Most importantly, don't buy an expensive showy car right after you start, at least don't drive it to work or tell co-workers about it. I have seen this happen countless times, and all it does is "xxxx" off your new co-workers, especially in a down economy where raises could be slow.

    Good luck and congratulations.

    I have the benefit of personally knowing several people that work there currently. I also would be hiring my own support staff, so hopefully I can avoid the situation you previously found yourself in. As you can see from my previous responses I am a "worrier" by nature and I will be rat holing a ridiculous amount of emergency cash in case of the worse. Never bought a fancy new car in my life and don't see myself starting anytime soon. See Phadreus's comments in the epic "car-buying" thread for a complete assessment of my car buying philosophy.



  12. #12
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    Re: Changing Jobs???

    Quote Originally Posted by mplscyclone View Post
    One thing I will say is that history doesn't always hold. Microsoft doesn't have a history of layoffs yet they're laying off people.

    What you can really hope for is that this company has it's head on it's shoulders. It has the budget set for the upcoming year. They have already taken precautions and actions regarding the economy.

    I work for Principal and they started cutting perks for 2009 in August. They announced layoffs in December. Everyone thought they were a bad company. Now you have situations where companies are laying people off with no notice to the tune of 500,000 people.

    What I hope for is that your new company has taken conservative measures and is ready to weather the storm. If they are one of these companies that is last-minute or in denial, then it would suck.

    Do you know anyone that works at this new place that you could talk to about the economic situation of the company?

    Yes, and the company seems to be very responsive to the economic conditions. but your Microsoft analogy rings true. When I interviewed they planned to fill a number of positions, but have since decided to fill only one at this time which they deem critical to their success. They gained market share in 08 and based on orders are expecting increased growth for 09.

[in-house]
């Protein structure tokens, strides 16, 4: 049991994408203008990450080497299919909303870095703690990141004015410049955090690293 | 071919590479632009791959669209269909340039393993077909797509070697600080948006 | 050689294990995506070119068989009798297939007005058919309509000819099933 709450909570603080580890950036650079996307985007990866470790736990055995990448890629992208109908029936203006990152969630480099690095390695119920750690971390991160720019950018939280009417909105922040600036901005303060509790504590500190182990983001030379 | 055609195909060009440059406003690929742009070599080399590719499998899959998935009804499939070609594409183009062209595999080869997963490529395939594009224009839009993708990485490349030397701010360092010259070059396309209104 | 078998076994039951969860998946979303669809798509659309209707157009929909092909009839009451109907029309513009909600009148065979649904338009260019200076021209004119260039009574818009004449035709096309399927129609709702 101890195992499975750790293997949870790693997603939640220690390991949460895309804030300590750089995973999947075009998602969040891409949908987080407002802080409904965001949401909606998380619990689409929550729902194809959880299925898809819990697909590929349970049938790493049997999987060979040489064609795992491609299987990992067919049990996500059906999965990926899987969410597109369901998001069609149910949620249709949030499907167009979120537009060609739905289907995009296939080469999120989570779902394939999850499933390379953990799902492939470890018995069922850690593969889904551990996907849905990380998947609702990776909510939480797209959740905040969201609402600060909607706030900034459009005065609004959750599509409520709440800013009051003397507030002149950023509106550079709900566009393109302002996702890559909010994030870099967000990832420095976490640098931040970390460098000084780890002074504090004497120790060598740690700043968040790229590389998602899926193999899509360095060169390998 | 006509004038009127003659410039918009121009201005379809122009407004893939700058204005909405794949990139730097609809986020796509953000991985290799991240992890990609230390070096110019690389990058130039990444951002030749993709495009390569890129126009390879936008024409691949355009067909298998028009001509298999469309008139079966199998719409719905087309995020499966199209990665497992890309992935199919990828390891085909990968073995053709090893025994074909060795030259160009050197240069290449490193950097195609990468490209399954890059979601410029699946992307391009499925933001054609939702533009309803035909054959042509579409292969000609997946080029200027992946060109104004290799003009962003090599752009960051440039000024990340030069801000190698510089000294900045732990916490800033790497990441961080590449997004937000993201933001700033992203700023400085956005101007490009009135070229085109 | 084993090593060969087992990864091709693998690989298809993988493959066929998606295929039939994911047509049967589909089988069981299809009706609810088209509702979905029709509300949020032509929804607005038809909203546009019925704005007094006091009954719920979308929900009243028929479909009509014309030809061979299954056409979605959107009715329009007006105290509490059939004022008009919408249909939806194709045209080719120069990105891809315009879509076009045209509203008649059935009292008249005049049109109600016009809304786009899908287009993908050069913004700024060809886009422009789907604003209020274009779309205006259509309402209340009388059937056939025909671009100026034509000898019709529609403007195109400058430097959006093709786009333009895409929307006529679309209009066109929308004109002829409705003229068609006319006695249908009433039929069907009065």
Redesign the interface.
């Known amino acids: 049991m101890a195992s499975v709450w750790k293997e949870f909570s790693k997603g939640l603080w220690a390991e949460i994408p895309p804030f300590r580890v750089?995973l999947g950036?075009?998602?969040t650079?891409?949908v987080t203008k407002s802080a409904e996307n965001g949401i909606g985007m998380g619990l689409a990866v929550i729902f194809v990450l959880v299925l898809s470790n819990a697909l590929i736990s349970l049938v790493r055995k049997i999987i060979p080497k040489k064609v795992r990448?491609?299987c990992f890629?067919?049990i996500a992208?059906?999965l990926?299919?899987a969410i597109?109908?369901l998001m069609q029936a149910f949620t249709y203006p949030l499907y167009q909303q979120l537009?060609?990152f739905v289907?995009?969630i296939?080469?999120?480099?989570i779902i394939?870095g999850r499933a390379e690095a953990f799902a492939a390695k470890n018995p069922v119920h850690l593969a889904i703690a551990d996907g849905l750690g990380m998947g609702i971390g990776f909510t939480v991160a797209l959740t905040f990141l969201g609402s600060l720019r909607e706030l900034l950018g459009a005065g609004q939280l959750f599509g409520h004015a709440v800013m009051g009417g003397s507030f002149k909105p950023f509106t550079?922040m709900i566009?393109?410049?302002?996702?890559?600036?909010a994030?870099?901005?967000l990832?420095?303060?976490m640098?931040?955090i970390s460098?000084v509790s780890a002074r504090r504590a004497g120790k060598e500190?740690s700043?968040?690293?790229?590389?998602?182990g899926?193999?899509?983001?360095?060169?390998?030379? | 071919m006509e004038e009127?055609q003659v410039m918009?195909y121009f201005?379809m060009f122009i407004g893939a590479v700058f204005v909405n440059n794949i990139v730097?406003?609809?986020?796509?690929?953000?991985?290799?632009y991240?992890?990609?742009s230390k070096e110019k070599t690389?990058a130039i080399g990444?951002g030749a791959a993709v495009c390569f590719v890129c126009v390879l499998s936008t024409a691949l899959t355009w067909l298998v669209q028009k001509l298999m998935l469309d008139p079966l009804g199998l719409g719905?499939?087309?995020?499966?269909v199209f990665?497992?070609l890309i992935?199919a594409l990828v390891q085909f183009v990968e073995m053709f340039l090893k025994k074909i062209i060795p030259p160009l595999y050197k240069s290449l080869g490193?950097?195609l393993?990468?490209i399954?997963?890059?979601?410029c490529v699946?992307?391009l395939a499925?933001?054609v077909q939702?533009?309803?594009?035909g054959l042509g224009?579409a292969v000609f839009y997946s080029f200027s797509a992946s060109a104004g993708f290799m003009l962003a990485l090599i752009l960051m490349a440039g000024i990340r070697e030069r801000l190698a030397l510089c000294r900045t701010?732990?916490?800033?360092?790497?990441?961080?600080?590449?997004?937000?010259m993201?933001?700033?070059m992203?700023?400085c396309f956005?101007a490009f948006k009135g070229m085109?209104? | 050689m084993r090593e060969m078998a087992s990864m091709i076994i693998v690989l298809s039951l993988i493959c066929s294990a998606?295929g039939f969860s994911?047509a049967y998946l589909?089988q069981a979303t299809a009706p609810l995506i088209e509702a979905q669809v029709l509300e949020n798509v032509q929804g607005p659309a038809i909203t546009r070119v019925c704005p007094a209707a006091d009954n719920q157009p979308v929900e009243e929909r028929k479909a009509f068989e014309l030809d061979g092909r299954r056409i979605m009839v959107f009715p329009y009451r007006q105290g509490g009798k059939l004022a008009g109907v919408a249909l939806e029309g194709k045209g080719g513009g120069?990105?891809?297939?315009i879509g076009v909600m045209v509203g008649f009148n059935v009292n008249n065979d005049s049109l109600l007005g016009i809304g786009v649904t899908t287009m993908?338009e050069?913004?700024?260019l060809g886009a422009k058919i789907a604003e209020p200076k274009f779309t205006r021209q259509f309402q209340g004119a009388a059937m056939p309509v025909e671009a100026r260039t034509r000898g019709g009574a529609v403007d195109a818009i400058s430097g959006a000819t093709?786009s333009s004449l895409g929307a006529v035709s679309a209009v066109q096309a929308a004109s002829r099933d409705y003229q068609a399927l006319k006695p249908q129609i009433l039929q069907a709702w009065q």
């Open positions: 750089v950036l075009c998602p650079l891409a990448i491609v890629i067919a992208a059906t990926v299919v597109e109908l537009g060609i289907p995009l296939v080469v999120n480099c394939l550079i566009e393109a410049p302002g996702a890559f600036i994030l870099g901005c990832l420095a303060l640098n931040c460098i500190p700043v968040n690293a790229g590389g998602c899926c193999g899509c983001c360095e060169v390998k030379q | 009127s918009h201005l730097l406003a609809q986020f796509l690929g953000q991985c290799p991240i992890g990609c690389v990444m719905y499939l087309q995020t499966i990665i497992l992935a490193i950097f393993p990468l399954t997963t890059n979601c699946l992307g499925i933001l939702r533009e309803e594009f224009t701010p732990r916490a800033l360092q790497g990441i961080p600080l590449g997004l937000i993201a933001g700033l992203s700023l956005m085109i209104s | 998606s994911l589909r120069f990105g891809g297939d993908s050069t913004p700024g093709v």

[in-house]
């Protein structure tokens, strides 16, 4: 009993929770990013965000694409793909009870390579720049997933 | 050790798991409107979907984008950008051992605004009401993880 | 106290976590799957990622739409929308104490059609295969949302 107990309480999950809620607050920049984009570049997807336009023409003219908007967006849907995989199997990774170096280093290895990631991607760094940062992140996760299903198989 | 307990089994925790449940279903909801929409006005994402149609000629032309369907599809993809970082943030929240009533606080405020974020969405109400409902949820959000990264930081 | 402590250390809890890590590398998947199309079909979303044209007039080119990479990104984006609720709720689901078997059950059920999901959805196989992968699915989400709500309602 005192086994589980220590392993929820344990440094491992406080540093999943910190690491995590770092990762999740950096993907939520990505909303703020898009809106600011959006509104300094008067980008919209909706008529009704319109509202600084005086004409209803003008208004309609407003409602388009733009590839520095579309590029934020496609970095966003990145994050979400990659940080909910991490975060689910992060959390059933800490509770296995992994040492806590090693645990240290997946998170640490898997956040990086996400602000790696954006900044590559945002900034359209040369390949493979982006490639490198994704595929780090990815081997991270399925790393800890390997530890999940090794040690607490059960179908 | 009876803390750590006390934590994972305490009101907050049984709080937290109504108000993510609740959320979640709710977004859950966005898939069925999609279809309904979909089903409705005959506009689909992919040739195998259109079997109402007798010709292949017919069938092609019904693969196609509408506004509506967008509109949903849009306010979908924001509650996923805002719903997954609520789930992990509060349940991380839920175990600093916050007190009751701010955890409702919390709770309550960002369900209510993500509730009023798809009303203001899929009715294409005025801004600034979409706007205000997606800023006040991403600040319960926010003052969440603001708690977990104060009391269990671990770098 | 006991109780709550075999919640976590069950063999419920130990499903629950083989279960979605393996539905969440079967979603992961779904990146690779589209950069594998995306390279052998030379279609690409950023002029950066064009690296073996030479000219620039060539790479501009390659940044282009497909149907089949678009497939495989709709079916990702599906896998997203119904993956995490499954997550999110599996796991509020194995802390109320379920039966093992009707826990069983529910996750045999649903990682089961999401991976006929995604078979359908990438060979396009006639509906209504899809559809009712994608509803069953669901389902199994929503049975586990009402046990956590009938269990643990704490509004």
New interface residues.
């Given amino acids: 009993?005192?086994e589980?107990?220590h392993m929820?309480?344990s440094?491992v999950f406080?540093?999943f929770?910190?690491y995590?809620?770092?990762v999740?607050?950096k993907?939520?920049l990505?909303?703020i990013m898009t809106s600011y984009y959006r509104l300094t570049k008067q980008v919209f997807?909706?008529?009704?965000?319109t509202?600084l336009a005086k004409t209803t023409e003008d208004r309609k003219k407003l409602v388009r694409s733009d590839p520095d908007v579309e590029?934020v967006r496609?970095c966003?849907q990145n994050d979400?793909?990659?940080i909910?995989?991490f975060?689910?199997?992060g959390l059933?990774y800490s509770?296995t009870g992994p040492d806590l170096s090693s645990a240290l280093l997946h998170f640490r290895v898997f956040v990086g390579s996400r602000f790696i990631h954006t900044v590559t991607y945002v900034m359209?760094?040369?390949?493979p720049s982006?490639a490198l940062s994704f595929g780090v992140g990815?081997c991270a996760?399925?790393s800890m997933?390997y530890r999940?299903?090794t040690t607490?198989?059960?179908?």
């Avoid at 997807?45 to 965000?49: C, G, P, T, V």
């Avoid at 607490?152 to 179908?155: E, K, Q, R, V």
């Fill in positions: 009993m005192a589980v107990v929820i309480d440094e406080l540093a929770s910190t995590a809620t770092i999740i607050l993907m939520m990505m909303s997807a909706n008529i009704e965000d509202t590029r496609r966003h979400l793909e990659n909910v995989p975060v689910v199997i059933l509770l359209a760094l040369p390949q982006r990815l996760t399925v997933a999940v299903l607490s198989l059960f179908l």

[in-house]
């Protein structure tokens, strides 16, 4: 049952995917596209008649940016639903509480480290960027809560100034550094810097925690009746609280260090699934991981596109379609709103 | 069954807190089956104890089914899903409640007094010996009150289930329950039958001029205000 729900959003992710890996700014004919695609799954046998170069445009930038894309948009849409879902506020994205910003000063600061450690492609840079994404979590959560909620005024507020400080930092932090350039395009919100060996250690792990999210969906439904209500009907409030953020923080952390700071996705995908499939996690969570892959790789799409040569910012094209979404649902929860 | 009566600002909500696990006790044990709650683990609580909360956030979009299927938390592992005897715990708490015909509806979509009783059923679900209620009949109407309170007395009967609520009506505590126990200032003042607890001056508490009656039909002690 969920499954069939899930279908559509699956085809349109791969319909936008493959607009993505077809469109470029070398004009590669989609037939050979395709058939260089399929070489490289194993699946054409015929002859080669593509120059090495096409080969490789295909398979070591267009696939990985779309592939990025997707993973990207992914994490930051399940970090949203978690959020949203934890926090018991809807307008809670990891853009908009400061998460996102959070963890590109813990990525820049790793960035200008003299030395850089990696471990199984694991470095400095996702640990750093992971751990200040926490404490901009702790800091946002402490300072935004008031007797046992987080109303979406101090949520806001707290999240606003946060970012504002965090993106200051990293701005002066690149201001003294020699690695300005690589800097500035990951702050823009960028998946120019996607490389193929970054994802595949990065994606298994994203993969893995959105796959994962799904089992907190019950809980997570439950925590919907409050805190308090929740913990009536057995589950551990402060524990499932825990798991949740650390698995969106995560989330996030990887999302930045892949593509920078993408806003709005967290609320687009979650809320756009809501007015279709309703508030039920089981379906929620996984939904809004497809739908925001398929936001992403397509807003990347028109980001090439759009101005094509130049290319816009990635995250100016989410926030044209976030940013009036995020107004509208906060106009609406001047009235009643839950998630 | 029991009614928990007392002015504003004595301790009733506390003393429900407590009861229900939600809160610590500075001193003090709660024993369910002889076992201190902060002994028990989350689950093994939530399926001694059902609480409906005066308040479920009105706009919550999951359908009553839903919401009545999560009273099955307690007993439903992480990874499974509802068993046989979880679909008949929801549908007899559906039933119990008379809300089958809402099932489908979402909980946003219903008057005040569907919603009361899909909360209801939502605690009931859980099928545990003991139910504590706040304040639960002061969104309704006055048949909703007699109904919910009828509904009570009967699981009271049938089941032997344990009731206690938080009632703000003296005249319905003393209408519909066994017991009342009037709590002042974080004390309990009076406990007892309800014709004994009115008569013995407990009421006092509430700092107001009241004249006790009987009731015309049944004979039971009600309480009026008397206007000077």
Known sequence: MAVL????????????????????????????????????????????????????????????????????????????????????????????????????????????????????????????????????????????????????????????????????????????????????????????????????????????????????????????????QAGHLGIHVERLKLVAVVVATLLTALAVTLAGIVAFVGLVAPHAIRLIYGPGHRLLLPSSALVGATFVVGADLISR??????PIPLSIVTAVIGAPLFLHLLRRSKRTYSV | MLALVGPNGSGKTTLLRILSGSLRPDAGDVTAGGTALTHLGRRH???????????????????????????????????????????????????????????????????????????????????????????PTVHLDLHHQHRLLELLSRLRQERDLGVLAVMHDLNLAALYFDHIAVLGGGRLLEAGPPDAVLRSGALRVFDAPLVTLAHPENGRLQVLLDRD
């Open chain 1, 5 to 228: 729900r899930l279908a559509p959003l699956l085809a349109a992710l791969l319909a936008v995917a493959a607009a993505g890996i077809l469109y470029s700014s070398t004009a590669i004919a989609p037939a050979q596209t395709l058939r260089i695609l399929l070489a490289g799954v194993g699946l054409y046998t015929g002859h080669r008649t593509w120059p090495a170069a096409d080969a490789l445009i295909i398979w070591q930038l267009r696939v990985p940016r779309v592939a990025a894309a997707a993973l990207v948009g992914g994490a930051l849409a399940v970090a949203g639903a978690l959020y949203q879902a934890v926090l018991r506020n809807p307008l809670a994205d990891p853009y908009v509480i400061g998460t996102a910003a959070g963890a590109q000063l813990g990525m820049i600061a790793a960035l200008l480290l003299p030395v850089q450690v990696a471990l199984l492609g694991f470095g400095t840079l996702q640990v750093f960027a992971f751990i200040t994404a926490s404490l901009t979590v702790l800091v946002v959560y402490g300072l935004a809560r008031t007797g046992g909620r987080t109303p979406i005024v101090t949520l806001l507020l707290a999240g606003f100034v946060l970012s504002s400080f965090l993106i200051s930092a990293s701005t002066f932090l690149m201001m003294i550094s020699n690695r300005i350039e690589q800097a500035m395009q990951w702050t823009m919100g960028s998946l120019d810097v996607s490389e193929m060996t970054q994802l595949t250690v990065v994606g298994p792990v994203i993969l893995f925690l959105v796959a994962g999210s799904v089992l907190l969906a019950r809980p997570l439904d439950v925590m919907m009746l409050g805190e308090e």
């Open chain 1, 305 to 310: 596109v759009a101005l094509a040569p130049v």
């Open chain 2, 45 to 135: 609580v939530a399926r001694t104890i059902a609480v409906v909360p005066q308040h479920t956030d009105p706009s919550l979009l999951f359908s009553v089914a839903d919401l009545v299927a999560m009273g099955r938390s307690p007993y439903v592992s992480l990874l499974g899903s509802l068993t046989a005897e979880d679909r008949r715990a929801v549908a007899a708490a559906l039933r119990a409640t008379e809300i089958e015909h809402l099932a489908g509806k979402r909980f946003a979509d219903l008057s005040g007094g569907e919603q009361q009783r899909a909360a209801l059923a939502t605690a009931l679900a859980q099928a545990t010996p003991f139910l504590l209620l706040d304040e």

13. #13
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    Re: Changing Jobs???

    This smells like a thinly veiled Chizik metaphor.



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    Re: Changing Jobs???

    Quote Originally Posted by CLONEing around View Post
    This smells like a thinly veiled Chizik metaphor.

    What??



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    Re: Changing Jobs???

    Quote Originally Posted by Sportstr View Post
    Yes, and the company seems to be very responsive to the economic conditions. but your Microsoft analogy rings true. When I interviewed they planned to fill a number of positions, but have since decided to fill only one at this time which they deem critical to their success. They gained market share in 08 and based on orders are expecting increased growth for 09.
    Totally up to you but it seems like you should go for it. I mean, you'll be making more, closer to family, and it sounds like the company could use you.

    I think almost any job is at risk these days. I work in the actuarial profession and many of them feel untouchable during layoffs. Then, in December some very significant ones were gone.

    In the end, do the benefits outweigh the costs? If so, go for it! You only live once and you gotta take advantage of good opportunities.

    If the costs outweigh the benefits, then stay where you're at. It sounds like you could be in a worse situation.

    Best of luck!


    I don't drink the Kool-Aid, and I am done making excuses. Only keeping it real...